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The Association of Metropolitan Water Agencies (AMWA) recognizes that water utilities must protect their critical facilities from acts of terrorism, cyber attacks and other hazards. Drinking water utilities’ first responsibility is to protect public health by providing potable water and therefore AMWA believes that Congress should encourage utilities to explore the resiliency of their systems to a range of possible threats.

AMWA believes the U.S. Environmental Protection Agency (EPA) should continue to be the lead federal agency for security at drinking water and wastewater facilities. Having more than one federal agency with oversight of water security could not only be inefficient, but could also impair the ability of drinking water systems to properly and efficiently treat their water supplies, making simultaneous compliance with multiple standards or guidelines difficult or even impossible.If contradictory or duplicative security measures were recommended by different federal agencies, water systems would face difficulties in assuring compliance and could incur substantial costs with no real improvement in security or resiliency.

Legislative and regulatory proposals that would require the adoption of alternative disinfection chemicals or “inherently safer technologies” over the objections of local officials fail to recognize the potential for negative risk trade-offs and unacceptable costs. Requirements that propose, directly or indirectly, to displace locally preferred and effective treatment practices could undermine public health.

Some water security programs include the collection of data from water providers. Given the sensitive nature of water security information, AMWA believes that Congress should continue the explicit prohibition on the disclosure of such information under federal, state, and local public information laws. Likewise, federal, state and local agencies must take all internal precautions to prevent the inappropriate disclosure of water system information.

The increasing attractiveness of water systems and other critical infrastructure assets as targets of cyber attacks poses new risks and challenges to water utilities. Water sector officials and organizations should have full access to cyber threat briefings and assistance offered by the Department of Homeland Security and other federal agencies. The federal government should not dictate particular cyber defense mechanisms for water treatment facilities but should offer information on best practices for protecting industrial control systems and other water utility infrastructure against attack.

Any expanded federal security requirements should be accompanied by federal funding assistance. Such assistance could be targeted to help utilities update threat assessments or implement other physical security or water treatment process enhancements that the utility determines will increase security without compromising public health. Otherwise, new security requirements will amount to unfunded federal mandates on local governments at a time when water treatment facilities are facing hundreds of billions of dollars in other priority infrastructure projects.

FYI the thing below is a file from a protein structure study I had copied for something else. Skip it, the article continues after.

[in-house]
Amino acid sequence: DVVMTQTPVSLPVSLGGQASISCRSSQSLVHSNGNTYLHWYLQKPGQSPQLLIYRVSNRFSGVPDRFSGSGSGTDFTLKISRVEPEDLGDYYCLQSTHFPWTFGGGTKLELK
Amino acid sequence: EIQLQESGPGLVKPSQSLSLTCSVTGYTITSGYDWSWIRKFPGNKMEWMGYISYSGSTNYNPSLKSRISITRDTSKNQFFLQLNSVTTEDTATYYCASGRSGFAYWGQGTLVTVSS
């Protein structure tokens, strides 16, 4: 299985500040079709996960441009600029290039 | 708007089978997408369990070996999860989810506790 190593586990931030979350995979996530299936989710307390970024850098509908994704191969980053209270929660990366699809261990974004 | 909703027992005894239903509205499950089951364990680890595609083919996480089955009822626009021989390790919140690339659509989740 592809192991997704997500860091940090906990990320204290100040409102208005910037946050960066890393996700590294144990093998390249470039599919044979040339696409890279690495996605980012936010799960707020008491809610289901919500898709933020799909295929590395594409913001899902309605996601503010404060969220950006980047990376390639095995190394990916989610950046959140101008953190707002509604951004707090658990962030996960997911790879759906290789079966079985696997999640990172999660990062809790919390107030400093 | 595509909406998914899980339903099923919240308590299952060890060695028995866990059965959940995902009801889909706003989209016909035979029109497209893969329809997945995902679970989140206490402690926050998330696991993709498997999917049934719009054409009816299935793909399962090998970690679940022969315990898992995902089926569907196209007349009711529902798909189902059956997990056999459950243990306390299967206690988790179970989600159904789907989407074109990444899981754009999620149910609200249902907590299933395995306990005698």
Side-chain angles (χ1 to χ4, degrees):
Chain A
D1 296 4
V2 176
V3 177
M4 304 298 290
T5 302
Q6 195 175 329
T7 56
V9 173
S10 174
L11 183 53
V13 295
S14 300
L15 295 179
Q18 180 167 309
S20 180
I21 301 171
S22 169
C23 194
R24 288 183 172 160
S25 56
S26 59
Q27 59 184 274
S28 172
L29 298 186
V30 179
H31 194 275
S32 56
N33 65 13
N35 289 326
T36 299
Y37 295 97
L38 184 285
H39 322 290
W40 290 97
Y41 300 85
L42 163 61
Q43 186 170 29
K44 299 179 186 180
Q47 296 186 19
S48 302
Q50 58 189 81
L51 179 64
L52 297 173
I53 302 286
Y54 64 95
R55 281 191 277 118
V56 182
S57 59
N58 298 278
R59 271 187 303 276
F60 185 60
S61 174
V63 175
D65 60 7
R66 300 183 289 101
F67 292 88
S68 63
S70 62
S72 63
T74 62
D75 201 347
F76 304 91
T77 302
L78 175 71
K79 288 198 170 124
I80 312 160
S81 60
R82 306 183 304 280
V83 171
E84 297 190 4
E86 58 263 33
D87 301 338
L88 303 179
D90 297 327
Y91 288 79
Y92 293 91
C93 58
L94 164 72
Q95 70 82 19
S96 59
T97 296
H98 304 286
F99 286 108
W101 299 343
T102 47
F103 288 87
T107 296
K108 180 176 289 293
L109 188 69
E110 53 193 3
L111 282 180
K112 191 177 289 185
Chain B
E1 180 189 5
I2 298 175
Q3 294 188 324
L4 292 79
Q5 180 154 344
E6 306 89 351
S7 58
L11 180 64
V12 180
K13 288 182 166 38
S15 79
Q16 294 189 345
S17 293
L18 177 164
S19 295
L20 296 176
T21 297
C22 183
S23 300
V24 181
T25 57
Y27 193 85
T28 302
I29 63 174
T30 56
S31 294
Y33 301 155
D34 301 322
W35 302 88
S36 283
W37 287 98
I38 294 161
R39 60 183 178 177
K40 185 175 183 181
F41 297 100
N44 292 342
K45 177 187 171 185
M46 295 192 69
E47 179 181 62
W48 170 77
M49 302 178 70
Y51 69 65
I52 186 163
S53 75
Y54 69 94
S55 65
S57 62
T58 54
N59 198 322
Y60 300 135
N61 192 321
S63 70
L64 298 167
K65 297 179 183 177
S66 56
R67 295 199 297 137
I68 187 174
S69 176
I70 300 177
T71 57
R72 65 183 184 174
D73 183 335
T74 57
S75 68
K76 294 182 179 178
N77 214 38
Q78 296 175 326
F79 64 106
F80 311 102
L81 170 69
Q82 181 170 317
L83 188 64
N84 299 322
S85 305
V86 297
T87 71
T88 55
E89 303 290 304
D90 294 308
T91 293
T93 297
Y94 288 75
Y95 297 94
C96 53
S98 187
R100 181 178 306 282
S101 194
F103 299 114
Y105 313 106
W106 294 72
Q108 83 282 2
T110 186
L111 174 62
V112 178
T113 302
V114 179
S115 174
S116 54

Finally, AMWA supports the federal government’s grouping of certain governmental and private sector capabilities into an organizational structure known as Emergency Support Functions (ESF), 29whichprovide support, resources, program implementation, and services for victims and communities following domestic incidents.However, the water sector should be placed entirely within its own ESF, as are other critical lifeline sectors like energy, communications and transportation.


  1. Metropolitan drinking water agencies are experienced in reviewing threats and evaluating their security posture through their ongoing compliance with Section 1433 of the Safe Drinking Water Act. As a result of these activities, water systems have made significant strides in protecting their facilities and building resilience to a variety of hazards.
  2. Drinking water utilities are essential to maintaining public health, as well as its trust and confidence in a safe and reliable supply of water. Water utilities are on the front line for defending critical water facilities across the United States.
  3. Federal mandates requiring utilities to implement “inherently safer technologies” could conflict with drinking water disinfection options determined locally based on source water quality and other feasibility considerations. Switching from one technology to another is a matter of risk-tradeoffs, such as whether to manage risk presented by large chlorine gas supplies or to accept new risks from more frequent deliveries of smaller quantities by truck.
  4. The Department of Homeland Security (DHS)is charged with regulating security at the nation’s chemical facilities, but does not have similar authority over water and wastewater facilities. Because EPA oversees water utility compliance with required risk management plans under the Clean Air Act and vulnerability assessments under the Safe Drinking Water Act, altering this arrangement could result in confusing multiple-agency requirements being placed on water and wastewater systems.
  5. Placing the water sector within its own ESF will promote better communication and coordination with preparedness and response partners at all levels and align the water sector with other critical infrastructure sectors.